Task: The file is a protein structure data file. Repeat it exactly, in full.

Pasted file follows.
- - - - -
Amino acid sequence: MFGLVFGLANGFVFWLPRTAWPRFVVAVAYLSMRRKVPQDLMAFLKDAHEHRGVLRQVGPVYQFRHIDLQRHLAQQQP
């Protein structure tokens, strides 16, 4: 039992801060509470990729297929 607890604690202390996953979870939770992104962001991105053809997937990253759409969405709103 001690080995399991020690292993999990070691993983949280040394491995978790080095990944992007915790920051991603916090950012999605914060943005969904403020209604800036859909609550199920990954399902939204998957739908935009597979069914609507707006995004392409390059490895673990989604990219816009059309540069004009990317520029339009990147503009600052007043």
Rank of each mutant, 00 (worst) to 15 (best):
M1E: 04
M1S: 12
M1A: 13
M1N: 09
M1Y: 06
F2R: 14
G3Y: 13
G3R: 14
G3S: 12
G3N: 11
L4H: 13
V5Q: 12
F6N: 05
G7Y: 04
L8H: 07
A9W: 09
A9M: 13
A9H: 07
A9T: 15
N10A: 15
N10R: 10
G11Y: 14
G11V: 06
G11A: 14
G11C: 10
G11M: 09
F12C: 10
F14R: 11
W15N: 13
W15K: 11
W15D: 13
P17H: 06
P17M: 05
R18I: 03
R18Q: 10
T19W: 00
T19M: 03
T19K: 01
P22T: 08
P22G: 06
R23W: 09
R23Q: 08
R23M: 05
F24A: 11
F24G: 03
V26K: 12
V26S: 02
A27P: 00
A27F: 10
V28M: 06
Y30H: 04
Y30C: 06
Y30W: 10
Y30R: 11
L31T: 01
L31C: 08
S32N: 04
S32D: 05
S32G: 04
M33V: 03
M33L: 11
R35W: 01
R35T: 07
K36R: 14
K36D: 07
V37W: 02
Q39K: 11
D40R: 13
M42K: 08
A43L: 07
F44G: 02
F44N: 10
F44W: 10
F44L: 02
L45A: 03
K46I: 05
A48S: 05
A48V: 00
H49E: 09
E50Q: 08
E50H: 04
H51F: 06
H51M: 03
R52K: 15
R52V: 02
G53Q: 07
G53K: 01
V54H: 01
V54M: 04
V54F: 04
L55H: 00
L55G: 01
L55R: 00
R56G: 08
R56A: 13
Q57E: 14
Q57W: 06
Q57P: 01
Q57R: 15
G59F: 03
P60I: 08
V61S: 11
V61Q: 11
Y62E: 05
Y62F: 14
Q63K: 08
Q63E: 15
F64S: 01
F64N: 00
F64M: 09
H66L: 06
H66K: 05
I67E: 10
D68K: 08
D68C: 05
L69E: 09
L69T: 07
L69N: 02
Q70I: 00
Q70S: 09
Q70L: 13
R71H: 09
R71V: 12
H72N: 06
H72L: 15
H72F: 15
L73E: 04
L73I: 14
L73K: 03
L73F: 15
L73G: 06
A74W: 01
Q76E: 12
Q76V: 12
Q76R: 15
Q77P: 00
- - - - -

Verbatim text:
Amino acid sequence: MFGLVFGLANGFVFWLPRTAWPRFVVAVAYLSMRRKVPQDLMAFLKDAHEHRGVLRQVGPVYQFRHIDLQRHLAQQQP
């Protein structure tokens, strides 16, 4: 039992801060509470990729297929 607890604690202390996953979870939770992104962001991105053809997937990253759409969405709103 001690080995399991020690292993999990070691993983949280040394491995978790080095990944992007915790920051991603916090950012999605914060943005969904403020209604800036859909609550199920990954399902939204998957739908935009597979069914609507707006995004392409390059490895673990989604990219816009059309540069004009990317520029339009990147503009600052007043």
Rank of each mutant, 00 (worst) to 15 (best):
M1E: 04
M1S: 12
M1A: 13
M1N: 09
M1Y: 06
F2R: 14
G3Y: 13
G3R: 14
G3S: 12
G3N: 11
L4H: 13
V5Q: 12
F6N: 05
G7Y: 04
L8H: 07
A9W: 09
A9M: 13
A9H: 07
A9T: 15
N10A: 15
N10R: 10
G11Y: 14
G11V: 06
G11A: 14
G11C: 10
G11M: 09
F12C: 10
F14R: 11
W15N: 13
W15K: 11
W15D: 13
P17H: 06
P17M: 05
R18I: 03
R18Q: 10
T19W: 00
T19M: 03
T19K: 01
P22T: 08
P22G: 06
R23W: 09
R23Q: 08
R23M: 05
F24A: 11
F24G: 03
V26K: 12
V26S: 02
A27P: 00
A27F: 10
V28M: 06
Y30H: 04
Y30C: 06
Y30W: 10
Y30R: 11
L31T: 01
L31C: 08
S32N: 04
S32D: 05
S32G: 04
M33V: 03
M33L: 11
R35W: 01
R35T: 07
K36R: 14
K36D: 07
V37W: 02
Q39K: 11
D40R: 13
M42K: 08
A43L: 07
F44G: 02
F44N: 10
F44W: 10
F44L: 02
L45A: 03
K46I: 05
A48S: 05
A48V: 00
H49E: 09
E50Q: 08
E50H: 04
H51F: 06
H51M: 03
R52K: 15
R52V: 02
G53Q: 07
G53K: 01
V54H: 01
V54M: 04
V54F: 04
L55H: 00
L55G: 01
L55R: 00
R56G: 08
R56A: 13
Q57E: 14
Q57W: 06
Q57P: 01
Q57R: 15
G59F: 03
P60I: 08
V61S: 11
V61Q: 11
Y62E: 05
Y62F: 14
Q63K: 08
Q63E: 15
F64S: 01
F64N: 00
F64M: 09
H66L: 06
H66K: 05
I67E: 10
D68K: 08
D68C: 05
L69E: 09
L69T: 07
L69N: 02
Q70I: 00
Q70S: 09
Q70L: 13
R71H: 09
R71V: 12
H72N: 06
H72L: 15
H72F: 15
L73E: 04
L73I: 14
L73K: 03
L73F: 15
L73G: 06
A74W: 01
Q76E: 12
Q76V: 12
Q76R: 15
Q77P: 00